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Dublin plays at Croke Park

Excited Fans

GAA / A symbol of strength of a nation

Hurling action / Croke Park

Croke Park from the ground up

Park from Above

Croke Park from Above

Croke Park Etihad Skywalk

Entrance to museum and Skywalk tour

Croke Park Entrance to museum and Skywalk tour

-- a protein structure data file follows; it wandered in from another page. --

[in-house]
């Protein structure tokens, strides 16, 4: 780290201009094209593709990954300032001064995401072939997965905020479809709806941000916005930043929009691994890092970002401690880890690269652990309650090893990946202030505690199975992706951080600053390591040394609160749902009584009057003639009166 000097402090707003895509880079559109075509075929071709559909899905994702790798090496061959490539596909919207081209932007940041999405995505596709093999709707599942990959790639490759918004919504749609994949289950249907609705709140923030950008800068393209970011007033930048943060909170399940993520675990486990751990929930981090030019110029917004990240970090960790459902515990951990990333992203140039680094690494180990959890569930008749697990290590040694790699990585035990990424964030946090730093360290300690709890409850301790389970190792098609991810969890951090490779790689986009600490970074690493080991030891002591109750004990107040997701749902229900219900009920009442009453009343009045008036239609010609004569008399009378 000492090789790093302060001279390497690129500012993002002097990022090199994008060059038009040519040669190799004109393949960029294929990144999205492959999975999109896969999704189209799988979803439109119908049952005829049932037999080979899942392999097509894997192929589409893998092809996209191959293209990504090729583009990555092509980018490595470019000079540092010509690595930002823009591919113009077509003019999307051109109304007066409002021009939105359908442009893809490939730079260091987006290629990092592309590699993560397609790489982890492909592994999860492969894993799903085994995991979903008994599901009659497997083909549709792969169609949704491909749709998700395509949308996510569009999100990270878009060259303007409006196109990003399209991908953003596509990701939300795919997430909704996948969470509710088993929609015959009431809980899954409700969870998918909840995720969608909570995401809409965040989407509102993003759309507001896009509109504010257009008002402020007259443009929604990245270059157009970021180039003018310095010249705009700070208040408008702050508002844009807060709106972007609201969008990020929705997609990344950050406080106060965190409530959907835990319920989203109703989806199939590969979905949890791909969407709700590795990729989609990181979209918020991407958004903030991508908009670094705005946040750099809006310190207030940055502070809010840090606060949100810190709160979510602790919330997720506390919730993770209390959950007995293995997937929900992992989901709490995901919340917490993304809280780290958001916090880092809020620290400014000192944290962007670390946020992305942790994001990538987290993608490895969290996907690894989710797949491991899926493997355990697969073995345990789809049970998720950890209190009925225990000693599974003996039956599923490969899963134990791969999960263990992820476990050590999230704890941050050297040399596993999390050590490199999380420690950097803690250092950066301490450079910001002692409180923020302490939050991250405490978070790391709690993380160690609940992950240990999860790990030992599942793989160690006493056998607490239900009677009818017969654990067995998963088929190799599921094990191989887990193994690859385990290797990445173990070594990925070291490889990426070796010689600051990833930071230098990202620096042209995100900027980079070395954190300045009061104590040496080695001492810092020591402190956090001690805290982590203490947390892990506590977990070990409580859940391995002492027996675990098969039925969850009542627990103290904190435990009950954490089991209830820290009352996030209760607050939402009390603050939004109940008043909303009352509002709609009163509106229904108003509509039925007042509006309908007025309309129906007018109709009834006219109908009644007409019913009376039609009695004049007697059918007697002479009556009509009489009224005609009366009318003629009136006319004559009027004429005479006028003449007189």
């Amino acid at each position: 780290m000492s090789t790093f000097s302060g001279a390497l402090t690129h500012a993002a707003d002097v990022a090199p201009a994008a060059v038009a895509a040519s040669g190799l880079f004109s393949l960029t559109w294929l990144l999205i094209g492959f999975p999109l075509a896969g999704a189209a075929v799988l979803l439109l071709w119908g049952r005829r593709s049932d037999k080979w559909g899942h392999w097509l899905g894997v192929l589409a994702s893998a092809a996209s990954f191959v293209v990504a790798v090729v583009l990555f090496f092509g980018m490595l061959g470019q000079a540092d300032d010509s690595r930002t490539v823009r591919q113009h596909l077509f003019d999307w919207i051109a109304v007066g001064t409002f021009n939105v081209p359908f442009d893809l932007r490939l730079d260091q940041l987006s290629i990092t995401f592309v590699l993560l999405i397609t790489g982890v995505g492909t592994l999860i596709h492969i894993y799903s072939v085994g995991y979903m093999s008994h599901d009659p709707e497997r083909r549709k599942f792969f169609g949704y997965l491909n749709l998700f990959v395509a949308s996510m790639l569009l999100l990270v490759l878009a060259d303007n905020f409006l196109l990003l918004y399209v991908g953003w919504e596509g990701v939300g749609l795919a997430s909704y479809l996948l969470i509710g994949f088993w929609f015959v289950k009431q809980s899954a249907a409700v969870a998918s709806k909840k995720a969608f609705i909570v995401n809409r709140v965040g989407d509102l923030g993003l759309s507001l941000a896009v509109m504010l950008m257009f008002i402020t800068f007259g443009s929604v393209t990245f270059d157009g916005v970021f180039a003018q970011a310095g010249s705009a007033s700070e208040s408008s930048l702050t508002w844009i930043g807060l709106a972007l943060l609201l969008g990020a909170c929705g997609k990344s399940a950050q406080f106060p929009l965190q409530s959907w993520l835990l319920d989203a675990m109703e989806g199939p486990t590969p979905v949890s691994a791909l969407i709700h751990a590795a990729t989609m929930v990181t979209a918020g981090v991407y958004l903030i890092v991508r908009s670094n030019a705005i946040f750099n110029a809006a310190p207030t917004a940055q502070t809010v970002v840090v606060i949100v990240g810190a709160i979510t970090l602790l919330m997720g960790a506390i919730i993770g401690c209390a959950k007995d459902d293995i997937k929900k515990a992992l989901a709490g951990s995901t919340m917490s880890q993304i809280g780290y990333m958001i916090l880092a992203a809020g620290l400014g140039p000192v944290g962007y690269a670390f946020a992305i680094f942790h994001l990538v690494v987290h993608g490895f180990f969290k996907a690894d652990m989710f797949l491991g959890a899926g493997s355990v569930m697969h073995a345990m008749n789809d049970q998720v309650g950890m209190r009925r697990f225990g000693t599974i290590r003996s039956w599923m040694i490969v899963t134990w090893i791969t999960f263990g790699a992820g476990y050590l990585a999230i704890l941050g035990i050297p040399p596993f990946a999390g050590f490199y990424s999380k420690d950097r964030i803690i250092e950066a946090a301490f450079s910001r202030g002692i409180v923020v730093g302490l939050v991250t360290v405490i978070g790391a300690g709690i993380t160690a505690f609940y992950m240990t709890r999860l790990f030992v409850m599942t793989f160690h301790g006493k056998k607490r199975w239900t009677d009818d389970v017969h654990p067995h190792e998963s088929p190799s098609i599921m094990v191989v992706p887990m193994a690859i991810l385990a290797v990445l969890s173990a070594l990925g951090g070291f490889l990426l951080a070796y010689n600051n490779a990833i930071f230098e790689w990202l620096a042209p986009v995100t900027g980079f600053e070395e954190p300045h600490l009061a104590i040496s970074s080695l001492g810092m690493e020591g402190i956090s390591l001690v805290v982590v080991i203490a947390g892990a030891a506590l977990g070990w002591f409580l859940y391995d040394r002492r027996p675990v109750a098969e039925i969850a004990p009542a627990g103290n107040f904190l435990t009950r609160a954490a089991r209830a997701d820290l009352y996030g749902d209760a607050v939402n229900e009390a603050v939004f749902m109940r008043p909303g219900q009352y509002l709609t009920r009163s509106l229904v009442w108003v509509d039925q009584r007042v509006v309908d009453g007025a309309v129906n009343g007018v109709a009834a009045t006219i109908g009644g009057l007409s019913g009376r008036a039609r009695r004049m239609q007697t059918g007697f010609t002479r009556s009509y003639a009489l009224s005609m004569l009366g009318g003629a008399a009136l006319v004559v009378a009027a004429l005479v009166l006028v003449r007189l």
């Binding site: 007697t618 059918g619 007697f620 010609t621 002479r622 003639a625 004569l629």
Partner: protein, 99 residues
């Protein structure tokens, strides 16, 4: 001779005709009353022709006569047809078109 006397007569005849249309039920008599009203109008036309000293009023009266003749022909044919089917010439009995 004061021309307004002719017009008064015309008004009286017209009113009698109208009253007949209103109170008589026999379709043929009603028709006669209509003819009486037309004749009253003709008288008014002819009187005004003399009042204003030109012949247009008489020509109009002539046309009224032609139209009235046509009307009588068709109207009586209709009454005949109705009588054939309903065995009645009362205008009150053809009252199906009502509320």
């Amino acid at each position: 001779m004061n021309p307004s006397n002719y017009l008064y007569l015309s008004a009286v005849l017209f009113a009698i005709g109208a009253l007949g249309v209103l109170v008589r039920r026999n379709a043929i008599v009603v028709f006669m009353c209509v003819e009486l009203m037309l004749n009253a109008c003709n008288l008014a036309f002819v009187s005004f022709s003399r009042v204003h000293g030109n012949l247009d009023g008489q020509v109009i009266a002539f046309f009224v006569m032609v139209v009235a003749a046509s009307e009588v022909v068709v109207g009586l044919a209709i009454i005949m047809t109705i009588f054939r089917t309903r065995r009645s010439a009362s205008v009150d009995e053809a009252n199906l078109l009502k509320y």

This is not only good Craic… but it’s serious business, and these are serious games. GAA founded in 1884 is comprised of two sports ; Football and Hurling. (The Female version of Hurling is Camogi) Hurling is one of the fastest games in the world, played with a “baseball-like” leather ball and a stick called a hurley. At least with this game you can wear a helmet. Must be the luck of the Irish that gave them that gift.  With Gaelic Football anything goes; no protective gear whatsoever. It dwarfs any other game in the world we attempt to call “football”,  be it premiership soccer or American Football (where we look like robots all geared up for outer space, sometimes even requiring oxygen on our own planet). Unlike Rugby, Irish Football is played with a round ball, and although confused by some with the game of Rugby they are completely different. The home of the GAA games isGills Pub Croke Park Stadium, which holds 82,300 people and is Europes fourth largest stadium. Comparatively speaking, in the US for example, my favorite American Football team is the San Diego Chargers which seats 70,561. I’m sure glad they placed that extra chair there just for me. Back to the rules: The object for both GAA games is similar. Each has a net which yields 3 points for a goal, minded by a goalkeeper, and upright posts with a cross bar above the net which yields one point. Either team can score at any time the ball is in their possession. There are 15 players allotted per team. You cannot carry the ball for more than 4 steps in either sport without an advancement of some kind. To advance the ball in Football it is carried, then either hand-passed, bounced, or kicked toe to hand to keep it in play. In the game of Hurling while running with the ball it must be balanced on the Hurley. However, the ball can be thrown, caught, scooped up or hit with the Hurley to advance the ball. The game is 70 minutes of pure adrenaline with no “commercial” breaks and only 1-10 minute intermission. Even if one of these boys gets hurt, the game goes on in hopes he doesn’t get trampled and hurt a second time. These boys are fit; unbelievably fit. Here’s the kicker for ya…(no pun intended), this is the world’s largest AMATEUR sport. You heard me. Not ONE player gets paid. Every man playing does so for the pure love of the sport and representation of his county. Yet they fill one of Europe’s largest stadiums with their fans, nearly to capacity every time. When its GAA season for the quarter, semi-finals and  finals, Croke Park in Dublin is buzzing, or rather, roaring with crowds sporting their colors in all forms of fashion: from flags to hats, Small to large braided yarn wear, jerseys, horns to blow; you name it. The fans are just as proud as the players and come from all over the country (and the world) to see their team. But win or lose, the fans are cordial, friendly and respectful of each other. This is evident when you hit Gills Pub. This is a must-go-to stop, on the way in or out of the stadium. It’s an icon, and only open on game days, teaming with high-spirited fans wearing their county jerseys. I was lucky enough to be given a HUGE County Cork flag (and a lovely kiss on the cheek) by a passer-by when their team won. Although it was more like a 4 person train of “runner by’s as they were bursting with excitement! Lucky was I, and proud to be allowed part of another piece of history in the making. The photographs will speak for themselves for the one football match and two hurling matches I was lucky enough to attend. For seating,  I would highly recommend the lower Hogan stand. Bring a rain jacket if you’re in the first 5 or so front row’s. (Not an umbrella like this stupid American​ did, and then realize you’re a moron when you can’t put it up.) Here’s another bit you may not know. You can enjoy Croke Park to its fullest even when there is not a game to be played. There is a Skywalk tour that EVERYONE must go on. Its spectacular in many ways. Not only for the views, but for the history. Remarkably, the vibrance and energy of a full stadium can be felt without a soul in the stands. I didn’t understand it, but the exhilaration​ and vibe was intense. Walking the top edge 17 stories above the park right down to the bottom edge of the pitch while going into secret corridors gives you a strong sense for how majestic  this stadium really is and how powerful its history, including an infamous bombing attack in 1920 during a capacity game which will be in my next post.  Croke Park also has a museum that is overflowing with history and open, as well, on non-game days. After all that excitement you can imagine my disappointment not being in Ireland for the all Ireland Football final after watching Dublin win the semi-finals. However,  I was lucky enough after returning to the States to find an Irish pub in Temecula, California grown by some Dubliners, who opened their doors at 7AM (8 hours difference) to watch the 3PM football final. They were die-hard fans and a thrill to be around. Fair-play to them, opening so early for a small crowd of about 15.  I was able to wave my Dublin flag in the Dublin V. Mayo football final. Although not many at that pub, (and I, almost the only American), I was proud to wave my flag. (Too bad the bartender couldn’t make a hot whiskey. If you read my other post “experiencing Ireland in the Sates, you can experience the Irish way to have Whiskey) Well, You can’t win ’em all with the drinks, but I was happy to help open the festivities by putting all the chairs down for patrons to sit as the owners were still rubbing the sleep out of their eyes. And SO…we DID win ’em all in the end, as Dublin came through as the heroes for the year, which was all that mattered to most of us. ( It must have been my lucky Dublin flag from Croke Park). Camaraderie unlike any other sporting event in the world. It was as close as I could get to being there. Nothing rings more true than the GAA slogan: “NOTHING BEATS  BEING THERE.”